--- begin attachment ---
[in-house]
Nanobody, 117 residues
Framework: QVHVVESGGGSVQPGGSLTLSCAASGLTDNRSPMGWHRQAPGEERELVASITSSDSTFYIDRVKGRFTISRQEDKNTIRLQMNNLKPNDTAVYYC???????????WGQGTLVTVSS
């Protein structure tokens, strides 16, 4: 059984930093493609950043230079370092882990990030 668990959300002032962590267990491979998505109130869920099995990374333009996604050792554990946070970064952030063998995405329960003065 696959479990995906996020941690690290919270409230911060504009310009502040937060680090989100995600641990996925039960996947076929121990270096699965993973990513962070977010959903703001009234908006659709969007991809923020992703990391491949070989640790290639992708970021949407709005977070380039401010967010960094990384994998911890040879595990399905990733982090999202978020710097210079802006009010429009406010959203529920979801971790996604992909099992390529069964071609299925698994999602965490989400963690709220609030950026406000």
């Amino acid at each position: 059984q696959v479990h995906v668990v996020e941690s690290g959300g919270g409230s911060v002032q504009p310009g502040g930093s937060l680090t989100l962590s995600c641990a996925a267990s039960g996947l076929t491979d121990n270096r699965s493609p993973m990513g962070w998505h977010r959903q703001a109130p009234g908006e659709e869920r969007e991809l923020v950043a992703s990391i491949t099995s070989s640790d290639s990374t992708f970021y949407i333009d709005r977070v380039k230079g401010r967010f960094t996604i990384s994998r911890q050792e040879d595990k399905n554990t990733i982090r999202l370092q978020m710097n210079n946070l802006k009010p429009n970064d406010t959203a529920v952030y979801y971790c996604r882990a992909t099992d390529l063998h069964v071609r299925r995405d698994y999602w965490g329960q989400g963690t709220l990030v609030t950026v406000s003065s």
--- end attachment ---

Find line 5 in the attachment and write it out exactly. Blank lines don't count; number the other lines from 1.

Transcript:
């Amino acid at each position: 059984q696959v479990h995906v668990v996020e941690s690290g959300g919270g409230s911060v002032q504009p310009g502040g930093s937060l680090t989100l962590s995600c641990a996925a267990s039960g996947l076929t491979d121990n270096r699965s493609p993973m990513g962070w998505h977010r959903q703001a109130p009234g908006e659709e869920r969007e991809l923020v950043a992703s990391i491949t099995s070989s640790d290639s990374t992708f970021y949407i333009d709005r977070v380039k230079g401010r967010f960094t996604i990384s994998r911890q050792e040879d595990k399905n554990t990733i982090r999202l370092q978020m710097n210079n946070l802006k009010p429009n970064d406010t959203a529920v952030y979801y971790c996604r882990a992909t099992d390529l063998h069964v071609r299925r995405d698994y999602w965490g329960q989400g963690t709220l990030v609030t950026v406000s003065s």